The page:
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Inf@Vis!

The digital magazine of InfoVis.net

Web Traffic
by Juan C. Dürsteler [message nº 66]

Last Week we reached the conclusion that pure logfile analysis is insufficient in order to know what happens inside our web site. Today we'll see some of the visualisation proposals to overcome this problem.

In order to do this we'll follow the scheme that Stephen G. Eick of Visual Insights depicts in his suggestive article "Visualizing Online Activity" (Communications of the ACM, August 2001; available at ACM digital library under subscription). 

According to Eick, there are three areas where information visualisation can help us to understand our visitor's activity:

  1. Visualisation of the structure of the web site. It serves as a clarifying element for the site creators and, as sitemap, it is a navigational element for the end users.

  2. Revelation of the fluxes and individual paths of the visitors. This makes it possible to create a more effective web site, avoiding "dead pages" and bottlenecks.

  3. Monitoring the site's real time activity. Helping the web site operators to improve the yields of the business thanks to the knowledge of what is being purchased, what pages are "hot", etc.

We already spoke about section 1 in the past issues 47 and 48 of the e-zine but it's still worth remembering the existence of systems based on hyperbolic geometry to represent the structure of large web sites. Among them those provided by Inxight or Silicon Graphics Site Manager that uses the technology developed by Tamara Munzner as part of her PhD thesis.

StarTreeInxight.gif (31903 bytes) MunznerH3.gif (68124 bytes)
StarTree from Inxight Software is a system that represents the web site structure using 2D hyperbolic geometry. 
(Click on the image to see a zoom of it).
The work of Tamara Munzner on 3D hyperbolic space representation of the Web. See the article o the H3 system.
(Click on the image to see a zoom of it).

So we'll concentrate in this issue on the visualisation of visitor's flow and individual paths. The goal of this type of tool is the analysis of the entry points of our visitors, what pages they visit and where they leave the web. Path analysis concentrates on what individual users do within the web site, while flow analysis integrates the paths and statistics of many users in order to reveal the global usage patterns of the site as a whole.

Examples of path analysis can be found at Advanced Log Analyzer from Vasin Knoware. This analyser allows you to visualise the individual paths of the last 30 visitors or an aggregate of the most frequent paths among many other statistics. In both cases the visualisation is made in a tabular style.

Sawmill offers a visualisation of individual paths à la Windows Explorer that is quite clear and occupies less space than the previous case. 

SawMillPath.gif (25454 bytes) AdvancedLogAnalyzer.gif (20401 bytes)
SawMill. Visualization of individual paths using a tree scheme similar to that of the Windows Explorer. It's very clear and interactive.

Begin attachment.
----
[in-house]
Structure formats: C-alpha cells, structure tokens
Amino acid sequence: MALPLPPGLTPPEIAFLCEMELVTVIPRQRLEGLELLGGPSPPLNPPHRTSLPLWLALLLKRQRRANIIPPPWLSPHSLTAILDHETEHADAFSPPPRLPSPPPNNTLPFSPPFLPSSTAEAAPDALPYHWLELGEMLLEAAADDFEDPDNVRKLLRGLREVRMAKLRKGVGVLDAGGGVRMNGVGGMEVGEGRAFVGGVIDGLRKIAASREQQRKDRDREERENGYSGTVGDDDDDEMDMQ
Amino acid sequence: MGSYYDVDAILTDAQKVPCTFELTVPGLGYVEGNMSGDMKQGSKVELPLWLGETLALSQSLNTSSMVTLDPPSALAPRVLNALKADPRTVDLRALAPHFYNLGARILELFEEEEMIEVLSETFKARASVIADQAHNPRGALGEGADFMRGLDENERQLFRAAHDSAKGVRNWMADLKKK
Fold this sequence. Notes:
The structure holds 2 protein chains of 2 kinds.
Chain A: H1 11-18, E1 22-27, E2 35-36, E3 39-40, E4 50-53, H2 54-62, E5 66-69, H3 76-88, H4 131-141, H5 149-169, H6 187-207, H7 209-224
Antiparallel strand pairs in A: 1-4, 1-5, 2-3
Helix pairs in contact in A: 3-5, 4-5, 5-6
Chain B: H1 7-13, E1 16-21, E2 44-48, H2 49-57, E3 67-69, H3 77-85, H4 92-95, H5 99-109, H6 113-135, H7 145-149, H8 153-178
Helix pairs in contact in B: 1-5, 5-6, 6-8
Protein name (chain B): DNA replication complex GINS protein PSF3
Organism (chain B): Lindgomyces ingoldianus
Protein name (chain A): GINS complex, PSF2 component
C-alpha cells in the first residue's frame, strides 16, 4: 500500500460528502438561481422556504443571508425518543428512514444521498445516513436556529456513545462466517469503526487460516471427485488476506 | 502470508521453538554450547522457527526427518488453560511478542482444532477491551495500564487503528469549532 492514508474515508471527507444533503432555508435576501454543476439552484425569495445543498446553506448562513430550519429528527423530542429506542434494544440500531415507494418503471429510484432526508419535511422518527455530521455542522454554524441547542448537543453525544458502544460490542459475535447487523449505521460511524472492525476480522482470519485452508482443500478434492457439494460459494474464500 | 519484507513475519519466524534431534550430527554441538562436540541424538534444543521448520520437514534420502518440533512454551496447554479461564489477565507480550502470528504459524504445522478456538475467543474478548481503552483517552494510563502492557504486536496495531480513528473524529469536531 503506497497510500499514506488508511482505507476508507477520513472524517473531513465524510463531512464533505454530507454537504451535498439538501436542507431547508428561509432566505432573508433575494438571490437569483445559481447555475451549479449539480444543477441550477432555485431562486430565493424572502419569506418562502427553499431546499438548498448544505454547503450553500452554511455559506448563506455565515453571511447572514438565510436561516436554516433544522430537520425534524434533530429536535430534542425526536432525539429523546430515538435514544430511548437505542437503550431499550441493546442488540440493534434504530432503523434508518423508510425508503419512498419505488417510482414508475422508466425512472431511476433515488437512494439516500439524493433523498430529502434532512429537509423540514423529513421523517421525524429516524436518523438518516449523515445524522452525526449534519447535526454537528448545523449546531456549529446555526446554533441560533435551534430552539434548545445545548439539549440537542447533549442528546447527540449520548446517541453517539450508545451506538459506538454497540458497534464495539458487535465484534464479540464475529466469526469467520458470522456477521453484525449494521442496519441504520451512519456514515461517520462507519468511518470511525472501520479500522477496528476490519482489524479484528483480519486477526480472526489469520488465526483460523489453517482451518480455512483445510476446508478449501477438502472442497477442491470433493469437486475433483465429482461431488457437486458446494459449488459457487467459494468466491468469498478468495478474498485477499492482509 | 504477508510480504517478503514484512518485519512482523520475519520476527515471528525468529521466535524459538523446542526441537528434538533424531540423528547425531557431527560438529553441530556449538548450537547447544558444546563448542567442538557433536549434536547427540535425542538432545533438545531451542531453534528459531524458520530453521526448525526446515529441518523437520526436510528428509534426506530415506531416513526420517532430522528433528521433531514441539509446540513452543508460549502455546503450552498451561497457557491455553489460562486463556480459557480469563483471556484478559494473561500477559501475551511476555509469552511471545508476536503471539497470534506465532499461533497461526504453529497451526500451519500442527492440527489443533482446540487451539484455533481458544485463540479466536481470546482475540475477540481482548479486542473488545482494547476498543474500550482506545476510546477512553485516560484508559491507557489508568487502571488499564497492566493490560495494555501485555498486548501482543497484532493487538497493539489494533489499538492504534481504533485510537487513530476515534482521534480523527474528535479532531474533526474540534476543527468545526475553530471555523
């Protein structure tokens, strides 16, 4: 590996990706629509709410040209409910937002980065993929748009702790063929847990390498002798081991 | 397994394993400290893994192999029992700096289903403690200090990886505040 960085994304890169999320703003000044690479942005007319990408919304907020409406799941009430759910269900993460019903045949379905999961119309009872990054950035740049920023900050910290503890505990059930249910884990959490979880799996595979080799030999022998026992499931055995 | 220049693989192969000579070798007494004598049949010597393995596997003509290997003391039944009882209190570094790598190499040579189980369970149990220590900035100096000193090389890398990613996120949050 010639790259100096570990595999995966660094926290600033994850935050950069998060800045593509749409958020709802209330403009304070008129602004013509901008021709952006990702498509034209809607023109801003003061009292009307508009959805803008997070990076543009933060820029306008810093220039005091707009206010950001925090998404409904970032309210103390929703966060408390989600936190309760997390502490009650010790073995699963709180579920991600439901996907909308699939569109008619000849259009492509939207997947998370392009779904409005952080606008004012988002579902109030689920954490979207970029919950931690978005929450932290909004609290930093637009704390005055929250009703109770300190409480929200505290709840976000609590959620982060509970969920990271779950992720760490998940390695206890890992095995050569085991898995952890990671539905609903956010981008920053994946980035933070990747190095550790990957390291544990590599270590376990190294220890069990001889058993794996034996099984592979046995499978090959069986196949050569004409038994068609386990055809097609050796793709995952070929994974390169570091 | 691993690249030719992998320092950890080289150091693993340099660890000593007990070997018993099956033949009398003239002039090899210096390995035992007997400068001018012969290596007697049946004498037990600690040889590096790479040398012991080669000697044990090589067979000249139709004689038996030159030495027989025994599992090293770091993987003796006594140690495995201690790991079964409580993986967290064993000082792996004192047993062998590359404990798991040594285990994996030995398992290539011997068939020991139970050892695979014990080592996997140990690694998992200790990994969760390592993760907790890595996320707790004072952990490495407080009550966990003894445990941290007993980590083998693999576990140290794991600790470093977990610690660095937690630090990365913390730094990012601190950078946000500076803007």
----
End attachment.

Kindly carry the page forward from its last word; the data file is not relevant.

(Click on the image to see a zoom of it).
Advanced Log Analyzer. Analysis in tabular form of the last 30 visitors' paths.
(Click on the image to see a zoom of it).

A much more attractive visual system is the one that VISVIP providesl, developed by John Cugini as part of the interesting set of tools WebMetrics from the NIST. VISVIP represents the structure of the web site as a 2D graph over which the path of a particular user is superimposed as a smoothly curved line that jumps from page to page. Several arrows included in the line show the direction and dotted lines proportional in length to the time spent are placed in each visited page.

VisVip2.gif (22006 bytes)
VISVIP. Created by John Cugini, is part of the set of tools called WebMetrics that is available at NIST. 
It represents the path using a smooth curve that shows that trajectory and direction of the movement as well as the time spent in each page.
(Click on the image to see it zoomed.)
EbizInsights. Shows the visitor's flow between pages. Each rectangles is a page. The one in the center is the page of our interest. On both sides are shown the pages where visitors have come from (left) and the ones where the users have left (right). Each page contains statistical information. It's part of VisualInsights solutions 

As an example of flow analysers, Eick himself proposes the graphical tools of their own solution called Ebizinsights, software devoted to the e-business sites that represents data in several graphical forms (see the Gallery at Visual Insights site). 

In this case the flow between pages is represented by a rectangle (the page in focus) with lines that link it to the pages where the users have come from and with other pages where the users have left. Each page contains the percentage of visitors coming in or going out. Clicking on a particular page, it becomes the centre and shows all the pages where users come and go.

Next week we'll continue exploring visualisations of visitor behaviour within a web site.


Links of this issue:

http://www.infovis.net/printMag.php?num=65&lang=2  
http://www.visualinsights.com  
http://portal.acm.org/portal.cfm  
http://www.infovis.net/printMag.php?num=47&lang=2  
http://www.infovis.net/printMag.php?num=48&lang=2  
http://www.inxight.com  
http://www.sgi.com/software/sitemgr.html  
http://graphics.stanford.edu/~munzner/  
http://www-graphics.stanford.edu/papers/h3/  
http://www.vknoware.com/ala/  
http://www.vknoware.com/ala/sample/vis_paths.htm  
http://www.vknoware.com/ala/sample/common_paths.htm  
http://www.flowerfire.com/sawmill/  
http://www.itl.nist.gov/iaui/vvrg/cugini/webmet/visvip/vv-home.html  
http://zing.ncsl.nist.gov/WebTools/  
http://www.itl.nist.gov/iaui/vvrg/staff/john.html  
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